4. Naturally support uterine health. A natural uterine support program offers gentle, ongoing support as you work to encourage healthy fertility and look forward to when you will prepare for pregnancy in the future. Having numerous surgical terminations or a complicated termination can lead to cervical weakness (incompetent cervix) in rare cases. (Note: Today, fewer than 1 in 100 women have complications from early planned termination.) Doctors are equipped to help with cervical weakness in pregnancy, should there be a need.

5. Address stress. If you’re under high stress after this experience, try natural therapies to soothe anxiety and help you relax…

  • book a massage
  • make a cup of warm Tulsi tea, aka Holy Basil (Ocimum tenuiflorum) or Chamomile tea (Matricaria chamomilla)
  • plan a lunch date with a trusted friend who can offer a listening ear
  • read a good book you can lose yourself in for awhile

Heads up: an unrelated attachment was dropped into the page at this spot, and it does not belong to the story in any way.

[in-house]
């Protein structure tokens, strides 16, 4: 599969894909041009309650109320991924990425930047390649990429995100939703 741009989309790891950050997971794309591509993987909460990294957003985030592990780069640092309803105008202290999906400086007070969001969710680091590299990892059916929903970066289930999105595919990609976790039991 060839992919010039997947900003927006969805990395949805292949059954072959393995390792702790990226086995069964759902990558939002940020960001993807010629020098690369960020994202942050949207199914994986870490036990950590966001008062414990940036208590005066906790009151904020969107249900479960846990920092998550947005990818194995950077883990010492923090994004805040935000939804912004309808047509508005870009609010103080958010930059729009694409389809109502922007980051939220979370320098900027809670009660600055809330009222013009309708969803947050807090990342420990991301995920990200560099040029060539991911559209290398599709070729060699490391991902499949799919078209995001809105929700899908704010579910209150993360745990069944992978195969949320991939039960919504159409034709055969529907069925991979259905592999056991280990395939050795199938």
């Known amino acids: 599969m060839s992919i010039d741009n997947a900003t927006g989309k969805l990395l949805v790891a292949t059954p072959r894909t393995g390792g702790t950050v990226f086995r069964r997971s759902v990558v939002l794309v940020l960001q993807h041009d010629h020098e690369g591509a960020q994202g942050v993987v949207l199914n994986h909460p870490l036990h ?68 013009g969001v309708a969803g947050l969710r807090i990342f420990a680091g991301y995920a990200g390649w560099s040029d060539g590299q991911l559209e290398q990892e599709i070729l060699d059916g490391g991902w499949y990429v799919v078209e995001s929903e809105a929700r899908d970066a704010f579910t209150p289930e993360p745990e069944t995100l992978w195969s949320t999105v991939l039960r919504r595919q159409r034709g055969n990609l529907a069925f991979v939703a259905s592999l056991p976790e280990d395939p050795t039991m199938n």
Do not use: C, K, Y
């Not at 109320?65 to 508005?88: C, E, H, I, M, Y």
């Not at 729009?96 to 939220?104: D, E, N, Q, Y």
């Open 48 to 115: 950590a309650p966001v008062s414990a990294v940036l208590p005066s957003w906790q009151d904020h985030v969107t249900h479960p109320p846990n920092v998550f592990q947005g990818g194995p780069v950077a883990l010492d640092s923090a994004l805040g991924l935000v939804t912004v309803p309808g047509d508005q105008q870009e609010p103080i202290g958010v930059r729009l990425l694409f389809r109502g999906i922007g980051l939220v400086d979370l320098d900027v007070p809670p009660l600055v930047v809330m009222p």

6. Process the experience, grieve, and move forward. Give yourself the opportunity after this experience to take time to heal physically and emotionally. Let yourself grieve your loss if you need to. Take advantage of support when you need it and remember we are here for you.

2. Q. I had a planned surgical termination in 2008. I’ve been having unprotected intercourse since, but still have not gotten pregnant. Could I have uterine scarring or adhesions as a result of my procedure?

A. The best way to truly know if you have uterine scarring or adhesions is through medical testing (usually hysteroscopy). Please do reach out to your healthcare provider if you’re concerned.

It is important to note that serious complications occur in less than 1 out of a 100 early planned terminations. Scarring or adhesions generally occur after numerous surgical terminations, or a complicated termination. Most women experience a short recovery time (4-6 weeks) and go on to have normal uterine health and function after a planned termination.

Suggestions for uterine support and reproductive health after a planned termination:

  • Systemic enzymes support a normal inflammation response and the body’s ability to break down fibrin (the substance that makes up scar tissue).